The value of life and the day the Yetzer Hara will be slaughtered

Life is very dear to those who discover its value, and very cheap to those who squander it.”- from the sefer GESHER HACHAIM (The Bridge of Life)


I posted this quote about three weeks ago on Facebook.  The sefer Gersher HaChaim, by Rav Yechiel Michel Tucazinsky, was suggested to me by Micha Berger as a good thing to learn when dealing with the death of a loved one.  Micha was kind enough to comment on Facebook, “I’m happy to see it is speaking to you.  BTW, contrast that quote to the various perceptions of the size of the yeitzer hara on the day it will be slaughtered.”


The gemara that R Berger was referring to is in Sukka 52a:
“Rabbi Yehuda lectured: In the future, Hashem will take the yetzer and slaughter him in the presence of both the tzaddikim and the reshaim.  To the tzaddikim he will appear like a high mountain and to thereshaim he will appear like a thin hair. Both, however, will cry. The tzaddikim will cry “How could we have overpowered such a high mountain?” and the reshaim will cry: “How could we not have subdued such a thin hair?”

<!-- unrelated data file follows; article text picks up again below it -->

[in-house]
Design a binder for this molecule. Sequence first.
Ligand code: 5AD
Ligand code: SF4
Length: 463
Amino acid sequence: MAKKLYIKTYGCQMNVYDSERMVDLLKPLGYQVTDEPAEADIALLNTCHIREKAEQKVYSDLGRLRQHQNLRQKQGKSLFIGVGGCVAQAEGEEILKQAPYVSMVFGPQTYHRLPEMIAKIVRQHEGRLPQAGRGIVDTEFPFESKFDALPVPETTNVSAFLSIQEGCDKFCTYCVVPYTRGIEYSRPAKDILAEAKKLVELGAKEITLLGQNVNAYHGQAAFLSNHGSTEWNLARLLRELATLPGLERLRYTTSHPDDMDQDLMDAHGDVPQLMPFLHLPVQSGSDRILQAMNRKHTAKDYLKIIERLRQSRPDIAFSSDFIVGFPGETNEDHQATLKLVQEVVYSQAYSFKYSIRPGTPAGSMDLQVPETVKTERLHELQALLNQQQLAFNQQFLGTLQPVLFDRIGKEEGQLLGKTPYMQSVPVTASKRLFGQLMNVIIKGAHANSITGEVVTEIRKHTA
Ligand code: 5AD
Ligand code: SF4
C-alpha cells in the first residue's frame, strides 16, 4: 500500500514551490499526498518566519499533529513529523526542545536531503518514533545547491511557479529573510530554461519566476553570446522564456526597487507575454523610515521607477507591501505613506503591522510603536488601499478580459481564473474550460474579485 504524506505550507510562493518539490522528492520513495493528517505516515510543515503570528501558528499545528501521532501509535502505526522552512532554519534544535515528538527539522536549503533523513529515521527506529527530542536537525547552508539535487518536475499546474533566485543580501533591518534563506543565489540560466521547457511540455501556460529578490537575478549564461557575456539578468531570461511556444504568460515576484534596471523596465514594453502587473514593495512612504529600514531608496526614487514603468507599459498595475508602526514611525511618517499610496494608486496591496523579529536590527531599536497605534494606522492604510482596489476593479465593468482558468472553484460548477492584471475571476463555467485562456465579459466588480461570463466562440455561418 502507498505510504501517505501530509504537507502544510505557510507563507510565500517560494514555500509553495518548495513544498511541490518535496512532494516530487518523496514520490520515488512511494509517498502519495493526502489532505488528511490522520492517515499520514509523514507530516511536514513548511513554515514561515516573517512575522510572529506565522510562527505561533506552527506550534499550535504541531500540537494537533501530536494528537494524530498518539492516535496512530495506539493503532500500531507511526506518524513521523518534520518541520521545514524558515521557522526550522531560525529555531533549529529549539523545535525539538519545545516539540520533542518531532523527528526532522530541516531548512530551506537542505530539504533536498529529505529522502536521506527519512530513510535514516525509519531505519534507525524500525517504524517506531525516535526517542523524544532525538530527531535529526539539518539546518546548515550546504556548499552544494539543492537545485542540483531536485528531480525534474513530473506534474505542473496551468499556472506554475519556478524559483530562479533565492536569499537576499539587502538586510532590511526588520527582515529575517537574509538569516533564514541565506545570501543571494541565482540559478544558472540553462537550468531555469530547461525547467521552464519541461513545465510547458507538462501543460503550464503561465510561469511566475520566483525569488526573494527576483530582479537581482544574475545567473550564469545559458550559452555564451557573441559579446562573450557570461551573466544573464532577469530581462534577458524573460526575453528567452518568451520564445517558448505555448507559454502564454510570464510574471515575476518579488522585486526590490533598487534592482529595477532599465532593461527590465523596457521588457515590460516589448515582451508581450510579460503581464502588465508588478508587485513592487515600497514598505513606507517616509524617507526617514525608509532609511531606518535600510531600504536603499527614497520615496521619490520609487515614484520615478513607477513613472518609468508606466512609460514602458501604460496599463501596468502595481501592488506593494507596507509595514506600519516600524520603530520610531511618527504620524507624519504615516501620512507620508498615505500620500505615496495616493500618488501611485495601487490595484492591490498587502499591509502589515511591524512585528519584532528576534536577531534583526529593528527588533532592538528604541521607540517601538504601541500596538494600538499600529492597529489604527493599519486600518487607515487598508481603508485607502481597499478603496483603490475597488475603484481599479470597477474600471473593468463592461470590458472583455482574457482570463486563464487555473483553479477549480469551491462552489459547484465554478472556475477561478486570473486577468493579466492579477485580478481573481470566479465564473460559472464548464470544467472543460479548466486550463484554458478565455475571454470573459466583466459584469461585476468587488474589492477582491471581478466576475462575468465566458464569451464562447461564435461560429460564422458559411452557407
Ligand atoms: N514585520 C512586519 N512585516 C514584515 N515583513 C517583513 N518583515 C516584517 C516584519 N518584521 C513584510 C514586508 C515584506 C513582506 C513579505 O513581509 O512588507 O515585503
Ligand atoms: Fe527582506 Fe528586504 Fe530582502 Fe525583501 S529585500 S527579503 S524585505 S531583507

Rav Dessler discusses this gemara in Michtav M’Eliyahu.  He explains thats that a tzaddikim will view all of their challenges, urges, difficulties in life as a tall mountain.  The rashaim will see “that one act of the will which could have taken him to the top in one bound” as that thin little hair. (See Strive for Truth Vol 1 pg 105)
The goals and aspirations of a tzaddik in this world are to get close to Hashem.  For the rasha, his only interest is to distance himself from the Creator.  I think this is what Micha was alluding to.


The things we have a ratzon, a desire, for will fight for.  We’ll climb, to use the gemara’s imagery, the mountain if we have to.  We will use all of our energy and might.  The tzaddik will fight his yeter hara until the end to get closer to Hashem.   Don’t be fooled.  The rasha will fight also for what he desires.  With just as much strength as the tzaddik.  What the Gesher HaChaim is telling us is that those things that the tzaddik values are looked upon as almost worthless to the rasha.


That is why both the tzaddik and the rasha will cry, in the end.  Out of joy and awe will the tzaddikim cry when they see the high mountain that was their yetzer hara.  All most too difficult to conquer, yet they did conquer it.  The tzaddikim will cry tears of joy.  The rashaim, on the on other hand, will see their yetzer hara, that they gave into time and time again, as nothing more than a hair.  Nothing more than a little thing they could have blown or brushed aside.  That is why they will cry tears of regret.

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